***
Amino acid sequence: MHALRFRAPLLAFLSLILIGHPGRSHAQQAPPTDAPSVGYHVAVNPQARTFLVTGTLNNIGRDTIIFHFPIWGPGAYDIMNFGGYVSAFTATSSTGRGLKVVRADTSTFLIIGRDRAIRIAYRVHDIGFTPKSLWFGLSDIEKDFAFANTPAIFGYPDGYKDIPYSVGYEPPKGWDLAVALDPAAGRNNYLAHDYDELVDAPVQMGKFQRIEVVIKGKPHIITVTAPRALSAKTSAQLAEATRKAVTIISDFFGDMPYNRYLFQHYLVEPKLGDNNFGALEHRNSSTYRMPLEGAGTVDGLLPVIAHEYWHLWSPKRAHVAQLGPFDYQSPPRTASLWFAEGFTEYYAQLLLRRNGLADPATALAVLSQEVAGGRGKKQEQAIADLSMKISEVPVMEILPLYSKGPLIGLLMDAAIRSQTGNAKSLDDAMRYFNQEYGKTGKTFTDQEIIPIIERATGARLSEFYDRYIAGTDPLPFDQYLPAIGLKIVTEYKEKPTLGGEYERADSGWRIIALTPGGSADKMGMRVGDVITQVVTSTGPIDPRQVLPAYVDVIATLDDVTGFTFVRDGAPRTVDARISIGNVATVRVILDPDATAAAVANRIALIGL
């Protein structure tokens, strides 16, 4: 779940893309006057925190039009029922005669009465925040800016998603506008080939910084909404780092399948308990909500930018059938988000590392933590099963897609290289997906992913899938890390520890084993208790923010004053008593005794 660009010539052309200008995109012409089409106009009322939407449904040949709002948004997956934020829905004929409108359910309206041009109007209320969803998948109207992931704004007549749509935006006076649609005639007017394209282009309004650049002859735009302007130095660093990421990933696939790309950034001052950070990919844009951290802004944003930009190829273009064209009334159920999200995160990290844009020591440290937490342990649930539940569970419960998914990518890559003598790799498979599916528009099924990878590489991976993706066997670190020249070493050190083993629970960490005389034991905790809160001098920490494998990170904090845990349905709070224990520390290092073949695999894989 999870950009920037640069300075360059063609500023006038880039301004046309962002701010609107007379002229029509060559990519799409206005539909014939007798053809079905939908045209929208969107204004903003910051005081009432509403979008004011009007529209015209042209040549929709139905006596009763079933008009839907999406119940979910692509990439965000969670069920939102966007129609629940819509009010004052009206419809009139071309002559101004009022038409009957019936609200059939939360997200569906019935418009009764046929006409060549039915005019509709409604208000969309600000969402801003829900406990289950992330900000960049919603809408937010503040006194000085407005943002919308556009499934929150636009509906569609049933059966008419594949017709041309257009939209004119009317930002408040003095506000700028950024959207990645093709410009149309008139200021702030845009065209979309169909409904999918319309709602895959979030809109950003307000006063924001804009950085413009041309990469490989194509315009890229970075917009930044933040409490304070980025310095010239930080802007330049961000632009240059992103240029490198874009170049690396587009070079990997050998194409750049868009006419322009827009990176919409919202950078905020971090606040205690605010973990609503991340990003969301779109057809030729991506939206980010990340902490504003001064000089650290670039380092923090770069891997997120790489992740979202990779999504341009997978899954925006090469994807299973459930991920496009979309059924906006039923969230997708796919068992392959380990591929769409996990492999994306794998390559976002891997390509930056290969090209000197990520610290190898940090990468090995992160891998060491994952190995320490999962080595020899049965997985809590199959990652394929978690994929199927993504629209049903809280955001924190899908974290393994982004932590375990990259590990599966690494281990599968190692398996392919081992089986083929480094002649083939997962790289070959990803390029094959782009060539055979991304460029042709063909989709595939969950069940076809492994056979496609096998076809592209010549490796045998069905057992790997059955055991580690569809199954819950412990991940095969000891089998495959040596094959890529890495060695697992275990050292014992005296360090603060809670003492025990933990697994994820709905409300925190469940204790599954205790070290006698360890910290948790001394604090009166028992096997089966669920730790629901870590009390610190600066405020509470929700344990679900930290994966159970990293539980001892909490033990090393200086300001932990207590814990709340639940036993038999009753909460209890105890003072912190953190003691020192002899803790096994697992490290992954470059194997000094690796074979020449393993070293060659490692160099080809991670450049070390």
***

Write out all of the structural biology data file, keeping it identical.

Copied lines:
Amino acid sequence: MHALRFRAPLLAFLSLILIGHPGRSHAQQAPPTDAPSVGYHVAVNPQARTFLVTGTLNNIGRDTIIFHFPIWGPGAYDIMNFGGYVSAFTATSSTGRGLKVVRADTSTFLIIGRDRAIRIAYRVHDIGFTPKSLWFGLSDIEKDFAFANTPAIFGYPDGYKDIPYSVGYEPPKGWDLAVALDPAAGRNNYLAHDYDELVDAPVQMGKFQRIEVVIKGKPHIITVTAPRALSAKTSAQLAEATRKAVTIISDFFGDMPYNRYLFQHYLVEPKLGDNNFGALEHRNSSTYRMPLEGAGTVDGLLPVIAHEYWHLWSPKRAHVAQLGPFDYQSPPRTASLWFAEGFTEYYAQLLLRRNGLADPATALAVLSQEVAGGRGKKQEQAIADLSMKISEVPVMEILPLYSKGPLIGLLMDAAIRSQTGNAKSLDDAMRYFNQEYGKTGKTFTDQEIIPIIERATGARLSEFYDRYIAGTDPLPFDQYLPAIGLKIVTEYKEKPTLGGEYERADSGWRIIALTPGGSADKMGMRVGDVITQVVTSTGPIDPRQVLPAYVDVIATLDDVTGFTFVRDGAPRTVDARISIGNVATVRVILDPDATAAAVANRIALIGL
């Protein structure tokens, strides 16, 4: 779940893309006057925190039009029922005669009465925040800016998603506008080939910084909404780092399948308990909500930018059938988000590392933590099963897609290289997906992913899938890390520890084993208790923010004053008593005794 660009010539052309200008995109012409089409106009009322939407449904040949709002948004997956934020829905004929409108359910309206041009109007209320969803998948109207992931704004007549749509935006006076649609005639007017394209282009309004650049002859735009302007130095660093990421990933696939790309950034001052950070990919844009951290802004944003930009190829273009064209009334159920999200995160990290844009020591440290937490342990649930539940569970419960998914990518890559003598790799498979599916528009099924990878590489991976993706066997670190020249070493050190083993629970960490005389034991905790809160001098920490494998990170904090845990349905709070224990520390290092073949695999894989 999870950009920037640069300075360059063609500023006038880039301004046309962002701010609107007379002229029509060559990519799409206005539909014939007798053809079905939908045209929208969107204004903003910051005081009432509403979008004011009007529209015209042209040549929709139905006596009763079933008009839907999406119940979910692509990439965000969670069920939102966007129609629940819509009010004052009206419809009139071309002559101004009022038409009957019936609200059939939360997200569906019935418009009764046929006409060549039915005019509709409604208000969309600000969402801003829900406990289950992330900000960049919603809408937010503040006194000085407005943002919308556009499934929150636009509906569609049933059966008419594949017709041309257009939209004119009317930002408040003095506000700028950024959207990645093709410009149309008139200021702030845009065209979309169909409904999918319309709602895959979030809109950003307000006063924001804009950085413009041309990469490989194509315009890229970075917009930044933040409490304070980025310095010239930080802007330049961000632009240059992103240029490198874009170049690396587009070079990997050998194409750049868009006419322009827009990176919409919202950078905020971090606040205690605010973990609503991340990003969301779109057809030729991506939206980010990340902490504003001064000089650290670039380092923090770069891997997120790489992740979202990779999504341009997978899954925006090469994807299973459930991920496009979309059924906006039923969230997708796919068992392959380990591929769409996990492999994306794998390559976002891997390509930056290969090209000197990520610290190898940090990468090995992160891998060491994952190995320490999962080595020899049965997985809590199959990652394929978690994929199927993504629209049903809280955001924190899908974290393994982004932590375990990259590990599966690494281990599968190692398996392919081992089986083929480094002649083939997962790289070959990803390029094959782009060539055979991304460029042709063909989709595939969950069940076809492994056979496609096998076809592209010549490796045998069905057992790997059955055991580690569809199954819950412990991940095969000891089998495959040596094959890529890495060695697992275990050292014992005296360090603060809670003492025990933990697994994820709905409300925190469940204790599954205790070290006698360890910290948790001394604090009166028992096997089966669920730790629901870590009390610190600066405020509470929700344990679900930290994966159970990293539980001892909490033990090393200086300001932990207590814990709340639940036993038999009753909460209890105890003072912190953190003691020192002899803790096994697992490290992954470059194997000094690796074979020449393993070293060659490692160099080809991670450049070390």